Whether the company has the professional management bandwidth to scale up and will take greater cognizance of the views and interests of public investors post-listing, needs to be seen. The promoter family took home remuneration amount to Rs 17.1 crore in FY21 (>10% of EBIDTA) and engaged in several related party transactions with the company.
#3 Regulatory risks
A strong domestic retail and trade lobby has managed to influence India’s ruling regime to tighten the regulatory screws on e-commerce and online players lately. Irrational regulatory interventions, cropping up without any public discussion or notice have therefore become a regular feature for e-commerce players hoping to scale.
Recently in June 2021, amendments were proposed to the Consumer Protection Act to restrict online retailers from conducting flash sales, promoting their private labels or allowing related parties to sell on their platforms, while also requiring them to appoint nodal officers and compliance officers in India on the lines of social media platforms. Such regulations apart from creating uncertainty and leading to an unlevel playing field with offline retailers, also force ecommerce firms to resort to complex holding structures for their businesses that render them less transparent to investors.
E-commerce companies are valued for the size of market opportunity and high growth runway that eventually leads to profitability. It would therefore be inappropriate to value Nykaa based on traditional metrics such as Price-Earnings or Enterprise Value/EBIDTA at this juncture, though it turned a profit both at EBIDTA and PAT level. Markets are likely to more closely monitor Nykaa’s customer acquisition, GMV and revenue metrics to decide on its valuation.
Enterprise Value (EV) to Sales has evolved as the most commonly accepted metric to gauge the valuations of consumer technology businesses in recent times. Here’s our attempt to assess Nykaa’s valuations based on its IPO asking price, on the EV/Sales metric.
Based on trailing annual revenues of Rs 2440.8 crore for FY21, Nykaa’s asking price for the IPO at Rs 1125 works out to a stiff 21.8 times. But this is at a slight discount of the 23 times demanded in the recent Zomato IPO and 27 times in the Cartrade IPO.
While these valuations are still astronomical by global consumer tech standards, it’s worth noting that Zomato has gone on to trade at over 50 times EV to FY21 sales currently, while Cartrade is at 61 times on a comparable scale. Other listed e-commerce plays such as Infoedge (71 times) and IndiaMart (30 times) also trade at steep premiums to Nykaa’s asking price.
On a forward EV/sales FY22 basis, Nykaa’s asking valuation works out to about 15 times, which is not cheap by global standards, but may find takers in the Indian market.
The following table captures our estimates of Nykaa’s valuation based on the assumptions mentioned.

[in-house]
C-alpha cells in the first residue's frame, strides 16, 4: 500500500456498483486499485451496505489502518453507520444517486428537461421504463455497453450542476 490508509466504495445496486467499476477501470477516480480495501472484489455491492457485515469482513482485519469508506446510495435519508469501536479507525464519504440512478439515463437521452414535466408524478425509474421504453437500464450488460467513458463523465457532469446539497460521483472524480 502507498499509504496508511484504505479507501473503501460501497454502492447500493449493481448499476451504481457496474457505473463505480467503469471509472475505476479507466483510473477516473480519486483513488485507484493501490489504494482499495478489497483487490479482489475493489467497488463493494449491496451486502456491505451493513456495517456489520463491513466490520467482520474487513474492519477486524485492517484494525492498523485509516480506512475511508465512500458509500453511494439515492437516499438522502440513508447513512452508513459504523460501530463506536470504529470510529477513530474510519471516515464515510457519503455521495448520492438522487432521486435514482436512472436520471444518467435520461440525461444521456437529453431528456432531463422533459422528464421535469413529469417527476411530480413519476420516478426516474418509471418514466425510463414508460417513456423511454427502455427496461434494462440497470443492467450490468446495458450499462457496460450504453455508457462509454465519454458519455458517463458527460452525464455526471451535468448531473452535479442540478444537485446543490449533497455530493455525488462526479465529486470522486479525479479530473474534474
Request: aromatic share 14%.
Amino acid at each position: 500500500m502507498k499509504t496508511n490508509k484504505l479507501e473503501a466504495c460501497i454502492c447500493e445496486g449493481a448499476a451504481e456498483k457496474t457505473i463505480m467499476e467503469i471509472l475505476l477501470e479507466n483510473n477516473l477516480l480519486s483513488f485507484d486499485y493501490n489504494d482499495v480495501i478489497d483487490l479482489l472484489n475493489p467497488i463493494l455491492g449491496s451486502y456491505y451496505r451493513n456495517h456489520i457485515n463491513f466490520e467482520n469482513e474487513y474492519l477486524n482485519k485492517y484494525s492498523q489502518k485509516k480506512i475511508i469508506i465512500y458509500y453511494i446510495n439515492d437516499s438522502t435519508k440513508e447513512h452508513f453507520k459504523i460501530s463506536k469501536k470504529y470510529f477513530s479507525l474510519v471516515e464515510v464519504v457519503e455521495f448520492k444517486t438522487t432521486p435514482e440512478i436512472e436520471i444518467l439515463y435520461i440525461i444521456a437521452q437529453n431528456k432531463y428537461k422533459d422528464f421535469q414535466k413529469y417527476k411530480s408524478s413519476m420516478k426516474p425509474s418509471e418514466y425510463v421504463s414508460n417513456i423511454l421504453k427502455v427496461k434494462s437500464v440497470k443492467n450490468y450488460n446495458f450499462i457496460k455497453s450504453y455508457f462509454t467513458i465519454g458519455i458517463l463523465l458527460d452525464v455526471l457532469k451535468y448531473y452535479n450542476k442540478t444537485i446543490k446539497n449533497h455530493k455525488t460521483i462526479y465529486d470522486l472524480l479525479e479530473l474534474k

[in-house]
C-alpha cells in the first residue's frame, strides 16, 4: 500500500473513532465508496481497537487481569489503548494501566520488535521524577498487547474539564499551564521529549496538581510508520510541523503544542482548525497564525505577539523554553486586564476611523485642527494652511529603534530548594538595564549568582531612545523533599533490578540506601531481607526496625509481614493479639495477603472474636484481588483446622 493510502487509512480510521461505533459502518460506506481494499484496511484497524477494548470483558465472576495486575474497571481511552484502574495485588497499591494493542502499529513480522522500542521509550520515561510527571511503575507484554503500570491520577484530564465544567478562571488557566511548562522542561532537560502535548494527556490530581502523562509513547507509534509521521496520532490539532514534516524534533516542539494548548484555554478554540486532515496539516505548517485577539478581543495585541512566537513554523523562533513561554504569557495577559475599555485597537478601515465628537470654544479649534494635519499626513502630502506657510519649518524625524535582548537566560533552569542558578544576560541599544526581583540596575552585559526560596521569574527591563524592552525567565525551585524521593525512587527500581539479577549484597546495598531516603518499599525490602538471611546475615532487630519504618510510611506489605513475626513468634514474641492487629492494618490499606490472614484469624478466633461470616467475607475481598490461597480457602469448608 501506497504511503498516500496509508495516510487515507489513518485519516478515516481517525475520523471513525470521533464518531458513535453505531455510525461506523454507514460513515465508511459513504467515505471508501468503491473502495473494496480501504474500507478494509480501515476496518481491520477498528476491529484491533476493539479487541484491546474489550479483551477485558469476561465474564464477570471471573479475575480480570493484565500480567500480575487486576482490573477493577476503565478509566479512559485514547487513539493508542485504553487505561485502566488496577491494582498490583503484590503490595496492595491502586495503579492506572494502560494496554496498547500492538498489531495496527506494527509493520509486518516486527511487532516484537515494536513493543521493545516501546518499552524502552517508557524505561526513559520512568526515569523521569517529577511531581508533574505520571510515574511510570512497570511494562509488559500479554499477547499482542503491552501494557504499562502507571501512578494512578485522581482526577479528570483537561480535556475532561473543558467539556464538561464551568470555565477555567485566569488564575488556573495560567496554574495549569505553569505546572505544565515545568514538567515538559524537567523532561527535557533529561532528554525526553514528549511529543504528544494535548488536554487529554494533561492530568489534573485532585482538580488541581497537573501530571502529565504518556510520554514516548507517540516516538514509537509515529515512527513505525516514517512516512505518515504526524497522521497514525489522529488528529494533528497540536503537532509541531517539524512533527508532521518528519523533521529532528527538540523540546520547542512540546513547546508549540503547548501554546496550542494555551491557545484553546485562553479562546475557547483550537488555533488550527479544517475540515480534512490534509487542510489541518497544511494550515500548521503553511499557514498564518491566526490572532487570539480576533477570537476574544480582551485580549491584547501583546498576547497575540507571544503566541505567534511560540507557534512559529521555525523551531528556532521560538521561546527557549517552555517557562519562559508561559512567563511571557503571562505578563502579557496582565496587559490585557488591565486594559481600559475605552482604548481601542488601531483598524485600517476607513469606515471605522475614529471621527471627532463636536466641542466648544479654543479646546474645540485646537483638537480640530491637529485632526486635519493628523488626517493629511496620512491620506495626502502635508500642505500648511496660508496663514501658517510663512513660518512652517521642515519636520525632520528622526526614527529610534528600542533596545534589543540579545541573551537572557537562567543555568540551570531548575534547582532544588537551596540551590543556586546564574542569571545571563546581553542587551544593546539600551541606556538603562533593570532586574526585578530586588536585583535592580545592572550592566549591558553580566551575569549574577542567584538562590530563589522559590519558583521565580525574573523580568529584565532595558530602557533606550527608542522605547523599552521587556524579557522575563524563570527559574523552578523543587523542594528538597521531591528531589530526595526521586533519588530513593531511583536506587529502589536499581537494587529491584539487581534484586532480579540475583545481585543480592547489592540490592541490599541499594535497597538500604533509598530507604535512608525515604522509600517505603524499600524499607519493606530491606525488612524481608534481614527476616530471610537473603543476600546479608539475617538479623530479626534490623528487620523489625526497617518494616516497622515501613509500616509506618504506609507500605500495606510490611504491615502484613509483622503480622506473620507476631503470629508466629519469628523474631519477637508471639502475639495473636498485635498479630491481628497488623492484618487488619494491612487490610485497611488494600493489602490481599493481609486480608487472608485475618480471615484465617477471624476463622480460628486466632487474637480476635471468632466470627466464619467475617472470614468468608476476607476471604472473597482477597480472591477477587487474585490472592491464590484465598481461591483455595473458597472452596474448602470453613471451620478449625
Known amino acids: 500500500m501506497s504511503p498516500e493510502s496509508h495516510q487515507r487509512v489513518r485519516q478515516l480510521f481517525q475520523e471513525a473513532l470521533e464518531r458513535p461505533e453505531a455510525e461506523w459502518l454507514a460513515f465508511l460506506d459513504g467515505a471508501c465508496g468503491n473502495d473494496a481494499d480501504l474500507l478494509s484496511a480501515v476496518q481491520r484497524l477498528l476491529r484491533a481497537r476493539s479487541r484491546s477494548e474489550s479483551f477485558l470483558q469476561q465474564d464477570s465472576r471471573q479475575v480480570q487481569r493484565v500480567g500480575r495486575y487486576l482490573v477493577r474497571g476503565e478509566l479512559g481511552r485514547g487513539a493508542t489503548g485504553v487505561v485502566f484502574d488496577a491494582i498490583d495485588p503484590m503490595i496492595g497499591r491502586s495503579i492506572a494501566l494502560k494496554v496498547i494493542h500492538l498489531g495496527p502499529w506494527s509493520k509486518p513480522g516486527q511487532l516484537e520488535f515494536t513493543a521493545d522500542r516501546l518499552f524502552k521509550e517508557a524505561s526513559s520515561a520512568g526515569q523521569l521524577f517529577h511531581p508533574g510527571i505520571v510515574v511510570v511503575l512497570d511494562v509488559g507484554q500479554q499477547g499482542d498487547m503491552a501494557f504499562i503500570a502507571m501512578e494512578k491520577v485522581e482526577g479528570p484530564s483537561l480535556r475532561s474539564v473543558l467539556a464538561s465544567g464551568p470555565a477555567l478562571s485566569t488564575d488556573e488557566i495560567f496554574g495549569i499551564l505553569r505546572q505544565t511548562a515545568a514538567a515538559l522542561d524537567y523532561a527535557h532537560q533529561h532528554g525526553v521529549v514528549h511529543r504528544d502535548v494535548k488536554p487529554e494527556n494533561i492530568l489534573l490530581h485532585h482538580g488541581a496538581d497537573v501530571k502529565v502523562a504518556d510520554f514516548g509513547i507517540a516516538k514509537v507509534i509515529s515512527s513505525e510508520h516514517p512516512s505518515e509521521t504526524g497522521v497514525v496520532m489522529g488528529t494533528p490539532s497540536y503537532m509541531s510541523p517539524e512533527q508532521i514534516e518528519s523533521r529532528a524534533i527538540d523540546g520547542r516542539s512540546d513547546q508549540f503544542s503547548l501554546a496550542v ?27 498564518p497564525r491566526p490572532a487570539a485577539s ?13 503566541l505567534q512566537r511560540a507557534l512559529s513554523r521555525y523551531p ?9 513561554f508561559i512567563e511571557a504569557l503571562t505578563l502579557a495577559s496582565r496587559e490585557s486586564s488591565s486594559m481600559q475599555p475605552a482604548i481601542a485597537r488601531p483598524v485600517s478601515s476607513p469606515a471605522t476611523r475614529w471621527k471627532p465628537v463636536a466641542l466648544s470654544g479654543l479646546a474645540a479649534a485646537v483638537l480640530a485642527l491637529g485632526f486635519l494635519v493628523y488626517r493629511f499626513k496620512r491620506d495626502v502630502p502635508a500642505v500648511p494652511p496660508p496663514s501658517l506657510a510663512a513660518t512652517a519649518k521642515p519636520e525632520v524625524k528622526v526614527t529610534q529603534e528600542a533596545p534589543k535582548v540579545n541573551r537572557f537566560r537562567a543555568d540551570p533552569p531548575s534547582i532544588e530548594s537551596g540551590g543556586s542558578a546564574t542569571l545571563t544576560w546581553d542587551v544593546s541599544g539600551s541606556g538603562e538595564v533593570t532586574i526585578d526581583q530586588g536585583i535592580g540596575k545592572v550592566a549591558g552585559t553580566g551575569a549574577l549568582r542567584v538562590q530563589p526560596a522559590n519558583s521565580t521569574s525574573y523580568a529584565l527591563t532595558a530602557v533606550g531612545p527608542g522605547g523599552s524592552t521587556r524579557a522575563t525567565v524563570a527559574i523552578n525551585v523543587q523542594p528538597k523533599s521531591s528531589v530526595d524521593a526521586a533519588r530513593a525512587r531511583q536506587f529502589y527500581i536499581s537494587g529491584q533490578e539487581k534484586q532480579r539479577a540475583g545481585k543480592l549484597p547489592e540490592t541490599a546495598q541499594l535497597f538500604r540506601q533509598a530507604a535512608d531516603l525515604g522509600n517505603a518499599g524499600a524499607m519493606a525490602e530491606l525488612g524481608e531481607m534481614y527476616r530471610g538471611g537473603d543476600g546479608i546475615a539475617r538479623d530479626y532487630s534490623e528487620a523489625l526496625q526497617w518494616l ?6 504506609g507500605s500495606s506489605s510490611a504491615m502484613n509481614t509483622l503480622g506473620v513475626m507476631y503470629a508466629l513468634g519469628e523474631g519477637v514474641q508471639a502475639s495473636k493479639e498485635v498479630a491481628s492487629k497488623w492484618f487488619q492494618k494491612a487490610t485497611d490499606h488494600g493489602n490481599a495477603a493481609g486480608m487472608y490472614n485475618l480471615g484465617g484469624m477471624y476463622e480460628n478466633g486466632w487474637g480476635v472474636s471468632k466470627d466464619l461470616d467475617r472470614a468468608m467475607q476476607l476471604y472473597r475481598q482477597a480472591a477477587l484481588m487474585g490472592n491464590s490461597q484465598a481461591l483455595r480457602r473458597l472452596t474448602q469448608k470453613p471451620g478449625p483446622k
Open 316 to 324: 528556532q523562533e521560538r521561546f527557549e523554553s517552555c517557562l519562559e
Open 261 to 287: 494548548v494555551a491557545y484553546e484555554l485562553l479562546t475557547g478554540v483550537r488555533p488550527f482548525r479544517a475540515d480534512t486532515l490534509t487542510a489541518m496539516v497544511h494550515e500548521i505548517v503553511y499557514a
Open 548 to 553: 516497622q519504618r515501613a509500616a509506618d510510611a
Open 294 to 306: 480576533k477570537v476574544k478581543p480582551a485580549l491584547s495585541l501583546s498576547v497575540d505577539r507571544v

At this point, there are two aspects to Nykaa’s prospects and valuations. On one side is Nykaa’s BPC dominance, business model and controlled cost structure, which sets it apart from other e-commerce players. The BPC space is steady, but offers less growth potential than the fashion space and may see somewhat moderate GMV growth. The intended fashion foray may help Nykaa deliver better GMV growth but is extremely competitive. It could lead to a spike in Nykaa’s costs and send it slipping back into losses. A slower-than-expected GMV growth could hit valuations post-listing.
There is also no getting away from the fact that Nykaa, like other recent Indian consumer tech IPOs, is milking a raging bull market and frothy valuations for any digital ‘play’ to demand astronomical valuations that are unlikely to stand the test of time. Established global BPC and consumer tech plays trade at 6-7 times forward EV/sales, while Nykaa appears to be demanding more than twice this valuation at about 15 times forward EV/sales. Should the India digital adoption story fizzle or income hits begin to show up in consumer spends, Nykaa’s valuations could derate.
It is hard to explain why Nykaa’s asking valuations for its business have climbed precipitously in the last one year. The last round of fund-raising by Nykaa from Steadview Capital in May 2020 valued the company at $1.2 billion. As recently as May/July 2021 the company was said to be seeking a $3.5-4 billion valuation for its IPO, against the $7 billion valuation it is seeking now. A $3.5-4 billion valuation at an EV/FY22 sales of 8 times would have been closer to fair value and offered greater comfort to IPO investors.
Overall, if you are keen to own a consumer tech stock in your portfolio because you believe in their high-growth runway, then Nykaa presents a better option than existing listed plays such as Zomato, Cartrade, Infoedge etc, given its sound business model and the BPC opportunity.
But you should invest with the caveat that the valuations being demanded appear to be well above what is fair. This could expose you to steep downside risks should the consumer-tech story in India unwind or Nykaa lose out to more aggressive competition.